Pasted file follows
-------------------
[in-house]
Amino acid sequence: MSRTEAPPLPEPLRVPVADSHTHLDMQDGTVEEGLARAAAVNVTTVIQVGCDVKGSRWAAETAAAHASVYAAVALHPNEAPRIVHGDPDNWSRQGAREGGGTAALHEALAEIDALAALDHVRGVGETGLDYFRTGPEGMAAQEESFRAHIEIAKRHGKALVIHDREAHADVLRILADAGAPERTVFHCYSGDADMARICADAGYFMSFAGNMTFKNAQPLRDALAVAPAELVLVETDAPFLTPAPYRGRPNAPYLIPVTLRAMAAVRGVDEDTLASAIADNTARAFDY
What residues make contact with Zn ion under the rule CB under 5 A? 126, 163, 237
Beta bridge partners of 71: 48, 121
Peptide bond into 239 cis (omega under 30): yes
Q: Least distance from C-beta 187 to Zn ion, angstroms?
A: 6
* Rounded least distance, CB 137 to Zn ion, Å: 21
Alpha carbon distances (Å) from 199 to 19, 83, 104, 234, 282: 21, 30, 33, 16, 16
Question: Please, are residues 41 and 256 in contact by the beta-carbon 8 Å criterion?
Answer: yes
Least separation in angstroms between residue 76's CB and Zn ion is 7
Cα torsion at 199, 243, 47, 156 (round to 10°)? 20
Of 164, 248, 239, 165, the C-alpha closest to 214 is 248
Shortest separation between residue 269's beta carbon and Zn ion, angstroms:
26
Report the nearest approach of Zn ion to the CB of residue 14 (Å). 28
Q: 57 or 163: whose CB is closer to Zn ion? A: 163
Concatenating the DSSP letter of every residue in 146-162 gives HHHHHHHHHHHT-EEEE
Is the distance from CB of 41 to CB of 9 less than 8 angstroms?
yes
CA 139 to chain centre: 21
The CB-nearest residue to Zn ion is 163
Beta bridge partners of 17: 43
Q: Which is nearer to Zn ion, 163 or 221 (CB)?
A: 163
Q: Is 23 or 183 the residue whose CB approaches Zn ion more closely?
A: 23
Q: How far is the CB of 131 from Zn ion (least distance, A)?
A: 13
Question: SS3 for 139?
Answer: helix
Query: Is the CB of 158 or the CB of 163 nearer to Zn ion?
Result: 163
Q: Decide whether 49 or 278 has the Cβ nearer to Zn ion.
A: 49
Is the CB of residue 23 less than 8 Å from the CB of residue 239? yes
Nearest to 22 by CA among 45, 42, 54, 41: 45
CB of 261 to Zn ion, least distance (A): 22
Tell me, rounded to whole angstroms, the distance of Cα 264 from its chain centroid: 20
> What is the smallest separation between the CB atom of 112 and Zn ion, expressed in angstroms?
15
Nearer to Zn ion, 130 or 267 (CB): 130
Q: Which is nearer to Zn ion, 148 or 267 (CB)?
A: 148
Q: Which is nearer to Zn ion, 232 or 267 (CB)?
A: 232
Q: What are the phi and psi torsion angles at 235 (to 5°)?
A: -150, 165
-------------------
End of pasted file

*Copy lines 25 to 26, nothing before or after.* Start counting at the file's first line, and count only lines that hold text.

Q: Which is nearer to Zn ion, 163 or 221 (CB)?
A: 163